By Wim Laven
There are many important questions and conversations emerging about the current war in Ukraine. People want to know who is to blame, what is the cause of this mess, and what will be the way out? The fact that wars are costly and unsustainable is not reassuring while casualties continue to grow.
The organizations that normally monitor and document the impacts of violence and war as well as possible war crimes are facing conditions so grim, they have left the country. Indeed, many questions will be hard, if not impossible, to answer. Hundreds of civilians including many children are already among the dead. Why?
After the end of World War I there was great resolve to see that the horrors would not be repeated. The League of Nations surfaced as a global body to enforce war prevention, but they failed. World War II renewed the necessity of peace and showcased the failures of the League. The United Nations emerged as a new effort, as 377 (V). Uniting for peace says, “To maintain international peace and security,” and “To develop friendly relations among nations based on respect for the principle of equal rights and self-determination of peoples, and to take other appropriate measures to strengthen universal peace.”
Numerous episodes of violent conflict and genocide highlight the inadequacies of the United Nations. The atrocities in the Balkans and Rwanda in the 1990’s, for example, lead to the adoption of the Responsibility to Protect principle. It codifies and clarifies obligations to protect populations at risk of genocide, war crimes, ethnic cleansing and crimes against humanity, while balancing against a commitment to state sovereignty—the idea is that the UN should not meddle in the affairs of states but does have an obligation to safeguard vulnerable populations.
There have been many tests to these noble ideas, and the UN routinely misses the mark in protecting those in need. Russia and China voted as members of the UN’s Security Council to veto humanitarian responses in Syria, which would have saved lives. But states are also challenged in acting on their own; Donald Trump vetoed a bipartisan effort to rebuke his support of Saudi Arabia and involvement in the Yemen War, and promises and recognitions from other world leaders (including President Biden) stress “the necessity to end the war” but “the worst international response to a humanitarian crisis in the world” continues.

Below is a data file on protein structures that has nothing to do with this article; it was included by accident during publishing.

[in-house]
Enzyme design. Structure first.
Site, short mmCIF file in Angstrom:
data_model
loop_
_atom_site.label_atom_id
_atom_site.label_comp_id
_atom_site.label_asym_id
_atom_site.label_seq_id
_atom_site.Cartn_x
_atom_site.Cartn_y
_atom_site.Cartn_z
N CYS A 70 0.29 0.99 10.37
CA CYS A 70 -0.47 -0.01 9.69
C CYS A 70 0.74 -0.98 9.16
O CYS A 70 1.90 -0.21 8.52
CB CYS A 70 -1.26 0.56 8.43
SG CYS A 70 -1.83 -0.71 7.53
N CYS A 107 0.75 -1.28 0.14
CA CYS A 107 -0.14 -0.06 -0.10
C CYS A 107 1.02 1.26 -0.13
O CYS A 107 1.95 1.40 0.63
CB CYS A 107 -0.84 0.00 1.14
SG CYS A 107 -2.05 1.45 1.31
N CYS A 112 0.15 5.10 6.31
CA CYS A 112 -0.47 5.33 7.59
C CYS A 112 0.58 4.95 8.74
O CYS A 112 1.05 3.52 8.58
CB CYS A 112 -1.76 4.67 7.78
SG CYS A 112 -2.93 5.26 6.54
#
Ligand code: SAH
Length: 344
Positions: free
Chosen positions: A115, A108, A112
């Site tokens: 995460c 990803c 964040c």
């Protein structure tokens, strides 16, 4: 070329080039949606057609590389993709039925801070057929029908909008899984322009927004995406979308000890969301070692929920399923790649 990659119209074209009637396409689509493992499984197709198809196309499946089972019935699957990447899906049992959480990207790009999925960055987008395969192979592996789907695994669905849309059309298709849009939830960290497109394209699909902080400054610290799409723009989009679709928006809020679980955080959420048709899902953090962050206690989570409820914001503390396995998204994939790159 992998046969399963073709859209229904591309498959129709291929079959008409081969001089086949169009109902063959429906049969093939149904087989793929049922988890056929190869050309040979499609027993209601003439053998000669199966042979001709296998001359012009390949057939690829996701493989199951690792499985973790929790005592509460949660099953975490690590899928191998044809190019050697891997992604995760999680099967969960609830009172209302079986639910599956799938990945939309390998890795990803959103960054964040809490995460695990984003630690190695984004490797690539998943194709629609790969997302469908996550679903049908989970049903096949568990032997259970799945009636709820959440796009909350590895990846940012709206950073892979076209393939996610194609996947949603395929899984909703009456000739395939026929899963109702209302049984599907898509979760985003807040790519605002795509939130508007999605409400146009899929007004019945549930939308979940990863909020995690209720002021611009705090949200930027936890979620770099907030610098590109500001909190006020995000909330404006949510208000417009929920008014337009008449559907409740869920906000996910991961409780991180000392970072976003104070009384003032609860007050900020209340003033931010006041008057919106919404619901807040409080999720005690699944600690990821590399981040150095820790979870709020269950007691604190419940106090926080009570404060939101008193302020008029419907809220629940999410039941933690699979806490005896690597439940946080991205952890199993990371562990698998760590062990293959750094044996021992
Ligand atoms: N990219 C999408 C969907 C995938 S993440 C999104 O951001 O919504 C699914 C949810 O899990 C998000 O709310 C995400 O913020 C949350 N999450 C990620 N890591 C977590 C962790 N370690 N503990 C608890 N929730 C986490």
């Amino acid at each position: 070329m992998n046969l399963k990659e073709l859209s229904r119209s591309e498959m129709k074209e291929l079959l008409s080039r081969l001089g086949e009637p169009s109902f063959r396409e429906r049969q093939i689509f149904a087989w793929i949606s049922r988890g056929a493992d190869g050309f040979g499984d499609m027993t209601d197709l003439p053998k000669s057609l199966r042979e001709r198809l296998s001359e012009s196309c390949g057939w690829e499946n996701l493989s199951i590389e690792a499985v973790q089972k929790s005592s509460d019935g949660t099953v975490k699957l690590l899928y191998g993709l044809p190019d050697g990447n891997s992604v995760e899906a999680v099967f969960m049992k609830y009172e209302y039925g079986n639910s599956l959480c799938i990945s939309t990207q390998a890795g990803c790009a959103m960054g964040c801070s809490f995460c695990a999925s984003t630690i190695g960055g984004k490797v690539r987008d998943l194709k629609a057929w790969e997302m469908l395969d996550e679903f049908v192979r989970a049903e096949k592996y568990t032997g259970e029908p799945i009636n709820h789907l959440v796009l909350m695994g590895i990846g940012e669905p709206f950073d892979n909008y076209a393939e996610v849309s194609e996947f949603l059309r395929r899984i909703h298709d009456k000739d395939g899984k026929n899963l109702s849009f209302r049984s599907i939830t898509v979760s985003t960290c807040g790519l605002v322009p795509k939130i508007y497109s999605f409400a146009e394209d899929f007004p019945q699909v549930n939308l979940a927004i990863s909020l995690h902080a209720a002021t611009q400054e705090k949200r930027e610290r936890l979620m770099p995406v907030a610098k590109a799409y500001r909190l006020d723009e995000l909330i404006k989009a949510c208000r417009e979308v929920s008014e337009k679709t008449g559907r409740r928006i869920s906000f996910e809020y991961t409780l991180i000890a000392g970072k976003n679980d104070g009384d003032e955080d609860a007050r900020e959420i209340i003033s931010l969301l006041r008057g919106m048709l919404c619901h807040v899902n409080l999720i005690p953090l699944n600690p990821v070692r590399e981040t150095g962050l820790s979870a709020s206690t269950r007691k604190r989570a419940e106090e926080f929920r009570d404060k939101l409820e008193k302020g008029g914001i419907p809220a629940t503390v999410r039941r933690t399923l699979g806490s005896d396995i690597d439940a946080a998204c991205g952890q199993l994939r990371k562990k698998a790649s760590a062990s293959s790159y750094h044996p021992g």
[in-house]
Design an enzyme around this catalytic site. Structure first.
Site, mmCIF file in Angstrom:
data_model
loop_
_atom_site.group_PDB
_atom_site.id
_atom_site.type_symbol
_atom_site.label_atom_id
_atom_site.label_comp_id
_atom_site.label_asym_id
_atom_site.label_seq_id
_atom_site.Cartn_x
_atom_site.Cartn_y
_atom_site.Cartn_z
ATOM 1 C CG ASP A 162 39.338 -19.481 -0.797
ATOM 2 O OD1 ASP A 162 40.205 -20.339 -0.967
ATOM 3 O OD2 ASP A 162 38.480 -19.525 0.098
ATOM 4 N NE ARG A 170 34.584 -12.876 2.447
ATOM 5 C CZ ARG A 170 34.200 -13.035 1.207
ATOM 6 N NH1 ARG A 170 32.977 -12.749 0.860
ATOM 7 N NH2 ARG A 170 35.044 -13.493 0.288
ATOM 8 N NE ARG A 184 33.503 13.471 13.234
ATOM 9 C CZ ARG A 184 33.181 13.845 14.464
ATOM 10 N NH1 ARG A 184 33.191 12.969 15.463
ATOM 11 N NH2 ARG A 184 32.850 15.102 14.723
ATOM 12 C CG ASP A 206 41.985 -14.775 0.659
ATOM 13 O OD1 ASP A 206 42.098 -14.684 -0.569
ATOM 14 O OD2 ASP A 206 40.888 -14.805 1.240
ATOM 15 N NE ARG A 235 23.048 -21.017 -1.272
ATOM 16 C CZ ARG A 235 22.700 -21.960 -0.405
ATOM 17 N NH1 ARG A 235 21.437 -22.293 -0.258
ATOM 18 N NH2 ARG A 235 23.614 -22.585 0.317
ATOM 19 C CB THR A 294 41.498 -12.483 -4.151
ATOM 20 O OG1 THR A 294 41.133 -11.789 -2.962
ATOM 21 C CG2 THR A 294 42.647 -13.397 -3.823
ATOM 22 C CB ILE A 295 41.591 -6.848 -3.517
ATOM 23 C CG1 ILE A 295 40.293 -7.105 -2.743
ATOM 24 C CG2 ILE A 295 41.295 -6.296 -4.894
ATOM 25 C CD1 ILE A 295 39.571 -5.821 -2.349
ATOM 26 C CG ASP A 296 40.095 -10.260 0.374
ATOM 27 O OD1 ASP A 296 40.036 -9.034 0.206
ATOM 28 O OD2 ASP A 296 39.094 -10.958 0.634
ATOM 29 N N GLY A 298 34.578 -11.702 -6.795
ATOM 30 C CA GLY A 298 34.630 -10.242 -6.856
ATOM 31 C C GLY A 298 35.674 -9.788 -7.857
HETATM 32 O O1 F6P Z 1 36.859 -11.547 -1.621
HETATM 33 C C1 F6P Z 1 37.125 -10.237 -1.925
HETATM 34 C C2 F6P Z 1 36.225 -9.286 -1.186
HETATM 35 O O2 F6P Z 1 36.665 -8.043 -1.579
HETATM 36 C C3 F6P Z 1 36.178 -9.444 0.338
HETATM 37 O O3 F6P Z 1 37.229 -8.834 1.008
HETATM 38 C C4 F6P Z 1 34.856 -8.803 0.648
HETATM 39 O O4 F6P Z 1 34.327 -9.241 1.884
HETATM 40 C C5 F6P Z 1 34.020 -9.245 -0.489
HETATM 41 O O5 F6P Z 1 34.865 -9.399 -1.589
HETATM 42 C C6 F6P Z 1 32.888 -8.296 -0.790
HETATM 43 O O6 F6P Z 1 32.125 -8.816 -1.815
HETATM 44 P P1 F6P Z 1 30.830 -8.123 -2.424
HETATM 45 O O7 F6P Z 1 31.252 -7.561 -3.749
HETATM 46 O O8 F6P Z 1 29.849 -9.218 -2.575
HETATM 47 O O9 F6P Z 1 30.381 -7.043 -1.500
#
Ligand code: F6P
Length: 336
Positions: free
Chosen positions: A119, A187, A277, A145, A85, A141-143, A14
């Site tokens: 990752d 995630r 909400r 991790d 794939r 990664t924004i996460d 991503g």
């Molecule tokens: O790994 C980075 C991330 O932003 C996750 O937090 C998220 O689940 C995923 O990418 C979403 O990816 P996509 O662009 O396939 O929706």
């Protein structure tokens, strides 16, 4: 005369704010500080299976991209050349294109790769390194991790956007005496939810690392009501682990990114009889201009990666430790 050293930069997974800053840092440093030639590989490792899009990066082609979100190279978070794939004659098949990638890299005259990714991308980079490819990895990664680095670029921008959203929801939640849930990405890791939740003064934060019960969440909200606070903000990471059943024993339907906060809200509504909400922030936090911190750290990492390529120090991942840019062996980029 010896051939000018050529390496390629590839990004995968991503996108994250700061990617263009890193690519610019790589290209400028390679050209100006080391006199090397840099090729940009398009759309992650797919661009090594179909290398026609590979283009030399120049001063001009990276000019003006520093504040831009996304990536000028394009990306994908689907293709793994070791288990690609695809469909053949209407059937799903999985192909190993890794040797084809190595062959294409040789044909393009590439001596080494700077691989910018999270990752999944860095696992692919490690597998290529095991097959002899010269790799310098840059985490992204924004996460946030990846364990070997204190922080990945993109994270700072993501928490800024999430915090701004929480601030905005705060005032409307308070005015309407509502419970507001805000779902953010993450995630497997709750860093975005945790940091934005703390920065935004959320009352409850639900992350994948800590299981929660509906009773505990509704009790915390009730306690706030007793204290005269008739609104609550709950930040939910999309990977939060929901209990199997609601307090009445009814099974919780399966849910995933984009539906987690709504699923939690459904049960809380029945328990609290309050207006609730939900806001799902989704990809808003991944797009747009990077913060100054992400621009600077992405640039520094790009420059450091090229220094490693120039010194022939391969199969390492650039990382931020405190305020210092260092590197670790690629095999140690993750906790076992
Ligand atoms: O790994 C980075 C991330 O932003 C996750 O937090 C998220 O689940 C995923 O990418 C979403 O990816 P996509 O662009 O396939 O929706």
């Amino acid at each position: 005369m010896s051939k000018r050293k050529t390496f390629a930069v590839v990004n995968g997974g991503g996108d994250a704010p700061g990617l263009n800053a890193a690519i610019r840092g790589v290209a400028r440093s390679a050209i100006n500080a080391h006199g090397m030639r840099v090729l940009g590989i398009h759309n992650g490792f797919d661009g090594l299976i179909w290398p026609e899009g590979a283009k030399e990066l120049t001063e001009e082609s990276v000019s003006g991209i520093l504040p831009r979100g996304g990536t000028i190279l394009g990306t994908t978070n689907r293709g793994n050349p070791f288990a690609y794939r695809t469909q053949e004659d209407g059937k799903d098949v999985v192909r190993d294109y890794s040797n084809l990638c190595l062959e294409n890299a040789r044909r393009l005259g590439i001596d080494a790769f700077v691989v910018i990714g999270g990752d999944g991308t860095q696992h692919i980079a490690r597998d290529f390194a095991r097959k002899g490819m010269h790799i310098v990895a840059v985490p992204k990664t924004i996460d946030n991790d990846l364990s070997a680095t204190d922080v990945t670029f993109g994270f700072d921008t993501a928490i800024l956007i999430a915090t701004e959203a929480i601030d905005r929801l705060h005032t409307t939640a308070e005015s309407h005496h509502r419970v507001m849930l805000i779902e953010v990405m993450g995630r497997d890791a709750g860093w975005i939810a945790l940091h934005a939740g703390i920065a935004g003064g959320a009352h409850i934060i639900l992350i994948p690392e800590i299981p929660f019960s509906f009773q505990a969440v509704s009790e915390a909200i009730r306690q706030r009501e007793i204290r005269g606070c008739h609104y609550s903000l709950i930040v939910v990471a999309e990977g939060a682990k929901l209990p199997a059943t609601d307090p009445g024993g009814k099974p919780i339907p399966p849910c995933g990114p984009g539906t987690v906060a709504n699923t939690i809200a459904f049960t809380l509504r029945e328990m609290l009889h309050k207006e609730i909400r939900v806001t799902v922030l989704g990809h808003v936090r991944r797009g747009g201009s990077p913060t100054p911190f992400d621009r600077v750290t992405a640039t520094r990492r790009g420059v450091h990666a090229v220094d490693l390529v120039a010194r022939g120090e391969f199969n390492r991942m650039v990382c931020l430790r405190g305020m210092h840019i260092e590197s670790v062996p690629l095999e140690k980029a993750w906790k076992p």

The UN will succeed in ushering peace and unity when their actions align with their goals and necessary contributions are made. Russia is not the only power with nuclear weapons capable of ending life as we know it. The terrorist threat—the nuclear option—needs to be permanently removed. No nation on earth should have the capacity to cause extinction. Where is the focus on ending this global threat?
Questions of equal rights and self-determination should also be free from conflicts of interest. Russia should have every right to advocate for interests diplomatically but should not be empowered to veto efforts aimed at restraining their violent attacks on another sovereign nation. Blatant hypocrisy needs to be curbed; we cannot permit occupation denying basic human rights in some geographies while condemning it in other locations. We cannot be surprised that corruption and injustice beget violence or that illegitimate regimes cling to power through brute violence. Coup d’état has become all too common and undermines global security.
Thousands of Russians woke up to the news that Putin ordered the invasion and delivered their own message—NO WAR! The crowds are only increasing, and despite the threat (Putin is notorious for imprisoning, torturing, and murdering dissenters) and the thousands of protestors being arrested, their signs are clear: “No to war,” “Russians go home” and “Peace to Ukraine.”This is what we need to focus our energies on. The experts tell us that sanctions will take time, and the pundits guess about how long the incursion could last, but history shows us that nonviolent force can end the conflict and oust the authoritarian dictator. Slobodan Milosevic believed he, like Putin and others, had an iron grip on power (opposition candidates have been barred from races, disputed elections, etc.) but he was not strong enough to overcome massive mobilization of civil resistance—not a single bullet was required to remove him from power and the same can be true of Putin.
Yes, the story of the fight for freedom in the Ukraine is impressive. It is a story of David vs. Goliath and of the resistance to occupation and oppression. The resistance and self-defense is inspiring many, but it would great to remove the threat of Putin and his nuclear weapons permanently. Nonviolence may be the only force strong enough to do it without risk to all of life on earth. We know that the Russian soldiers do not want to be there and have been lied to, as we read the “Mama, this is so hard” text messages:
“There is a real war raging here. I’m afraid. We are bombing all of the cities together, even targeting civilians.
We were told that they would welcome us, and they are falling under our armored vehicles, throwing themselves under the wheels and not allowing us to pass” was the message he sent before he died. Nonviolence could give many just like him a way out and spare their lives too.
Let us show real peace and unity, now is the time
.~~~~~~~~Wim Laven, Ph.D., syndicated by PeaceVoice, teaches courses in political science and conflict resolution.